Anthony Olegario from Ashland got word late Friday night that his mother in the Philippines is safe.
Watching from a world away it's hard to imagine what it was like to be on the ground when typhoon Haiyan hit the Philippines.
But Anthony Olegario is watching while his family suffers through it.
"I'm very concerned," says Olegario.
Winds gusts 200 miles per hour hit the northern region of Manila where Olegario's mother lives.
"It's being called the strongest tropical cyclone on earth ever to make landfall. A lot of typhoons happen multiple times in the Philippines a year but this one I hear that its one of the largest ones this year" says Olegario.
He's trying to stay connected to his family through social media
"Usually I hear a lot of things through e-mail or Facebook we have kind of a family e-mail list and I haven't heard a whole lot on there."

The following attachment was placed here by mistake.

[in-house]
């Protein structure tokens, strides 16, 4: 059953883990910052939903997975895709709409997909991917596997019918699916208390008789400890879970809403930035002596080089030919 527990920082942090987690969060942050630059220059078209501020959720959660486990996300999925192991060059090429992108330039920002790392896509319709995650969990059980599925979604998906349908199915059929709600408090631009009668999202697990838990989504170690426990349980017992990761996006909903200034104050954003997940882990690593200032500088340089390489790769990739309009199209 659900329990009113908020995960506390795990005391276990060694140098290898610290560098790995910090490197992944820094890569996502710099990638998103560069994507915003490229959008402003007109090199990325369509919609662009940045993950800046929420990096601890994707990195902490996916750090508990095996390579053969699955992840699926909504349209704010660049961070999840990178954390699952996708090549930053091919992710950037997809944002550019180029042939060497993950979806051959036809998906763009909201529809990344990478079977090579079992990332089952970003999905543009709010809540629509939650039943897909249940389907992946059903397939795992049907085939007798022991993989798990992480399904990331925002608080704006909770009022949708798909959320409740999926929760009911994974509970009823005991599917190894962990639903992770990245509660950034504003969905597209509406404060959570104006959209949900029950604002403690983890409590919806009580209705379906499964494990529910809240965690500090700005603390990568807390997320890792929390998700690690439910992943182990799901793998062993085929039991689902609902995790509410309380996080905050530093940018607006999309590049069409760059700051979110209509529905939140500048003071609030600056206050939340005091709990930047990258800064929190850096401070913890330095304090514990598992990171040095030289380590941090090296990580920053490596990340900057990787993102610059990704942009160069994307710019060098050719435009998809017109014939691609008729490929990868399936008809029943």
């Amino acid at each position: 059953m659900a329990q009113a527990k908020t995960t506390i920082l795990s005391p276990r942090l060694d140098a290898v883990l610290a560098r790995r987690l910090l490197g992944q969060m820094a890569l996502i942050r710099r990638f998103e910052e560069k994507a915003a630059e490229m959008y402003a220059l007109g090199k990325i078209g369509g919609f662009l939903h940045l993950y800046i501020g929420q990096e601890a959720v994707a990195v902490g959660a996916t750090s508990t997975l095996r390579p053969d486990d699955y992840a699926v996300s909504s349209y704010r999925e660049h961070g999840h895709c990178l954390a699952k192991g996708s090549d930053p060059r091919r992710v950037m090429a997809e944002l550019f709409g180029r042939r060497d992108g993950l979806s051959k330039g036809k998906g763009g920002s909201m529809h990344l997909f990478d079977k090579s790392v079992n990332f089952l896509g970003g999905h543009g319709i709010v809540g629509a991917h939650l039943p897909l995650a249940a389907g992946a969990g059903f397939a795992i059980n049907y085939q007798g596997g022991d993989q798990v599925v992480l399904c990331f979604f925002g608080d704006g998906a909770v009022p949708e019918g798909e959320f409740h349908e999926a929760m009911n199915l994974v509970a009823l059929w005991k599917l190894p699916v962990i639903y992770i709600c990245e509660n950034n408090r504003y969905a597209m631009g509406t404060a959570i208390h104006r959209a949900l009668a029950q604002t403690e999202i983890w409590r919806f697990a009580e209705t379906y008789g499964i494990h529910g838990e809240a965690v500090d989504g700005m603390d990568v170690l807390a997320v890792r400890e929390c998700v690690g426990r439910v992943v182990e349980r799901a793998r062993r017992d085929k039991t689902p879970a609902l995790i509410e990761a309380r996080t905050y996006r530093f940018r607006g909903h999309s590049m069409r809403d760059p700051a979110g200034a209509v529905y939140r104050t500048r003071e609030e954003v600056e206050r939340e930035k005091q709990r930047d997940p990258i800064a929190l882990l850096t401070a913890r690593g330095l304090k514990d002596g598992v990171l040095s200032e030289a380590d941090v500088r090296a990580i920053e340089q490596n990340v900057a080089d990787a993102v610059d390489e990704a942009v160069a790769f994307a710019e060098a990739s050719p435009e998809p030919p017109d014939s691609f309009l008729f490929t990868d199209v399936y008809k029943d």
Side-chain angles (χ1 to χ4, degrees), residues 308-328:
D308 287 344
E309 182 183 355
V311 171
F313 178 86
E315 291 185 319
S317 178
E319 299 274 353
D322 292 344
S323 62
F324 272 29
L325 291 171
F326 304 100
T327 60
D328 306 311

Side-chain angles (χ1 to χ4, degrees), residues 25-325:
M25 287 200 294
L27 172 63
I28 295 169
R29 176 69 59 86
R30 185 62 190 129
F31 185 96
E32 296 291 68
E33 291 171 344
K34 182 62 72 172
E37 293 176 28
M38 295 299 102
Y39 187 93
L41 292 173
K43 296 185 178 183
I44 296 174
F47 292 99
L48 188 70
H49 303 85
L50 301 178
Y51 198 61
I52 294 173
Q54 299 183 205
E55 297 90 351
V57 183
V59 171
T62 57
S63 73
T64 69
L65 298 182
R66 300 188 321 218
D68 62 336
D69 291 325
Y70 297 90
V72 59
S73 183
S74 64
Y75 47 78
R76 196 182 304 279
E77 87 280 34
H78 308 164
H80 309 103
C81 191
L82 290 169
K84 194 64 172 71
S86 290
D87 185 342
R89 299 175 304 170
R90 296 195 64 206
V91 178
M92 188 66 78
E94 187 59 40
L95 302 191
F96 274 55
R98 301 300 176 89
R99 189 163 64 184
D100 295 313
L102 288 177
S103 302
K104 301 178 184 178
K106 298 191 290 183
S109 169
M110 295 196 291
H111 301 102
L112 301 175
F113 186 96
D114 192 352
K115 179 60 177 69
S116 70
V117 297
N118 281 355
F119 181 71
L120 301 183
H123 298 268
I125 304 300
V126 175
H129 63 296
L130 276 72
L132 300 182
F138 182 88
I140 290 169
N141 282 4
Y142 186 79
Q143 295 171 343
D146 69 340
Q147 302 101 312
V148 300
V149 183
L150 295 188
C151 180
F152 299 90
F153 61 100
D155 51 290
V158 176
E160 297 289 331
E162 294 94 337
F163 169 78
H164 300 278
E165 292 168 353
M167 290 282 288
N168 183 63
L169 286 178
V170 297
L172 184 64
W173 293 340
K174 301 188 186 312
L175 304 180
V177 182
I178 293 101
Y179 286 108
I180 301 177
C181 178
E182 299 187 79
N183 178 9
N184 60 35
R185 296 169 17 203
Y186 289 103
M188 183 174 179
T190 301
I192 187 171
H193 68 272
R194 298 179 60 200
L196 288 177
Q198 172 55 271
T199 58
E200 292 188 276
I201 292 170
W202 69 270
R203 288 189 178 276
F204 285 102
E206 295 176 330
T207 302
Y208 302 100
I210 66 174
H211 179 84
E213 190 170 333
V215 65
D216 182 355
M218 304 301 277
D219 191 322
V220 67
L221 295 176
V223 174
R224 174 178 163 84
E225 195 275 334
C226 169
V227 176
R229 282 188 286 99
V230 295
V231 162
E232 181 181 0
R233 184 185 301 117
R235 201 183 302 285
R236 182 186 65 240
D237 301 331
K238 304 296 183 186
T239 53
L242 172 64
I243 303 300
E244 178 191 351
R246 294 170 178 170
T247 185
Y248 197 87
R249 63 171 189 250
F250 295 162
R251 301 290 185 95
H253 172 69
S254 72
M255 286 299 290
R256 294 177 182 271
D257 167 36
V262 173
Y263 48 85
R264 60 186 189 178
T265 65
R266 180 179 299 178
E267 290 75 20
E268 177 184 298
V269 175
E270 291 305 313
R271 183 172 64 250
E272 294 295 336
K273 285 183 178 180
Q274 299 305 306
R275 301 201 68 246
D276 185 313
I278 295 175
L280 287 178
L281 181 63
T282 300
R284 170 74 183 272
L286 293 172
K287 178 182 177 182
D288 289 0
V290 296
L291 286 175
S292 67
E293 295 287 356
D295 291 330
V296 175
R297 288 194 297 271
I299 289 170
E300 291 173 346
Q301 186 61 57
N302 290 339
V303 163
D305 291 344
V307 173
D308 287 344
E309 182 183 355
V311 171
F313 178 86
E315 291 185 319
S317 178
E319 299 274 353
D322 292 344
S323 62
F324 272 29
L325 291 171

The typhoon which hit Friday has left thousands stranded and already killed 100 people in one city alone. Power is out and communication is down in much of the country leaving Olegario to watch and wait a world away.
"If there's heavy danger and it would help for e to be down there then i would go down there."
Haiyan is now making it's way to Vietnam. It's expected to hit landfall there on Sunday.